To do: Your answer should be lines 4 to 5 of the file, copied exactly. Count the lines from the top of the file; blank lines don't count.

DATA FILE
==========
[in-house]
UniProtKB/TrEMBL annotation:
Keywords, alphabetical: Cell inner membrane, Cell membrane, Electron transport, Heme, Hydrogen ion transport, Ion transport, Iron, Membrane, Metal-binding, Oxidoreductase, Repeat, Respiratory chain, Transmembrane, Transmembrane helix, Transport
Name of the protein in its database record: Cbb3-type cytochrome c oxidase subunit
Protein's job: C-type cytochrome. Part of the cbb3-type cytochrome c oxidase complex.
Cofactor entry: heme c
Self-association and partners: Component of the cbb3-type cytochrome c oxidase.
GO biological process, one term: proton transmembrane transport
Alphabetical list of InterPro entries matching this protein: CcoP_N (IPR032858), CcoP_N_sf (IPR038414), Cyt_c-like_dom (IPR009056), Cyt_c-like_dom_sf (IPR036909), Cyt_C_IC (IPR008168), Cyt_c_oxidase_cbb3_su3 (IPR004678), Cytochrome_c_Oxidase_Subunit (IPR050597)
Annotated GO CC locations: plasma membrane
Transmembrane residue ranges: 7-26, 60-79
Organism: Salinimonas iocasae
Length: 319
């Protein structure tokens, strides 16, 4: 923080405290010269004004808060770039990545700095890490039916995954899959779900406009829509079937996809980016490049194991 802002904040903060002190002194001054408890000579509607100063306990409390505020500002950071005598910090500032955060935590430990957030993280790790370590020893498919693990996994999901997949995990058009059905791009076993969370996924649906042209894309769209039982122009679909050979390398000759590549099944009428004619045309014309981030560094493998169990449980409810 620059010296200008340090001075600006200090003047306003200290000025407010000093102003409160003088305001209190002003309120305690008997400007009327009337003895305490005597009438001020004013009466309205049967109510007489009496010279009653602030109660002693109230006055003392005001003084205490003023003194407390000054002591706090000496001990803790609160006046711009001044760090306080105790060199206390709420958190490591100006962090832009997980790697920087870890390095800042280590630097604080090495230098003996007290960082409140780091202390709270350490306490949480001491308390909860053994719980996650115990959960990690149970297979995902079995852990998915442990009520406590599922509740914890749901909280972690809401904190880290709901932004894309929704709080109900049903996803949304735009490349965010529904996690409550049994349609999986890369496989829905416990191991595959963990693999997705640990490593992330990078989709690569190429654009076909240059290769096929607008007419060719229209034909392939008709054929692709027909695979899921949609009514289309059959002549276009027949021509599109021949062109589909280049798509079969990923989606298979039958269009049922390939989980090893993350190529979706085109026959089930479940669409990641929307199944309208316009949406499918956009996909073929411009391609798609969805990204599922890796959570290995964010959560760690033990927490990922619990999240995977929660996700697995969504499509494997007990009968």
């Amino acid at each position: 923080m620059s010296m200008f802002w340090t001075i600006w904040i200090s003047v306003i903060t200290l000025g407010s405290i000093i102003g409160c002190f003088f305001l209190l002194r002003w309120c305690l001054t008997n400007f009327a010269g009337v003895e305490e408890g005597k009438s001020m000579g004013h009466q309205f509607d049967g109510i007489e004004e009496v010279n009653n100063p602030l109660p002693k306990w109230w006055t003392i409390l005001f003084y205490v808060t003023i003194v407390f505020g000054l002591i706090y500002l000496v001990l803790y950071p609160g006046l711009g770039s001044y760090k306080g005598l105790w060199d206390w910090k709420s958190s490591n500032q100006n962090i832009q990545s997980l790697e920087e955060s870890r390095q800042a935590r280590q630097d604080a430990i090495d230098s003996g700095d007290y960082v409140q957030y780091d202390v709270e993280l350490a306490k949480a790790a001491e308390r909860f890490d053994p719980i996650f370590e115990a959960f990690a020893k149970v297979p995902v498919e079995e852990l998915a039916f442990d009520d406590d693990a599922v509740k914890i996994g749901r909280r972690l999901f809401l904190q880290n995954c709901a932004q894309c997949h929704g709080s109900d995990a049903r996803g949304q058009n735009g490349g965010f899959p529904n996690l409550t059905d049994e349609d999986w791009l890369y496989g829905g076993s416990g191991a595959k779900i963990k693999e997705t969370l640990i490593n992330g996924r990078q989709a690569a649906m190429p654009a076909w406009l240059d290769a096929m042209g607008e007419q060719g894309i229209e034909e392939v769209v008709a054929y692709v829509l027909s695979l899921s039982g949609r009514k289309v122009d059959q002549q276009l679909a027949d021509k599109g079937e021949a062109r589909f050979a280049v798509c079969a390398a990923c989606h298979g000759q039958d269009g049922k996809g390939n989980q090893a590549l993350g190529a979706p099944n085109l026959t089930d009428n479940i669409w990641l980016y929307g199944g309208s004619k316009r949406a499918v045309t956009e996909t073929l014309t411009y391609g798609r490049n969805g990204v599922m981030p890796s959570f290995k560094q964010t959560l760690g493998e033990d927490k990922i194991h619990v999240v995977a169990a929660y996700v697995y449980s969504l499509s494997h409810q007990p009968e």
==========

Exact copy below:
Name of the protein in its database record: Cbb3-type cytochrome c oxidase subunit
Protein's job: C-type cytochrome. Part of the cbb3-type cytochrome c oxidase complex.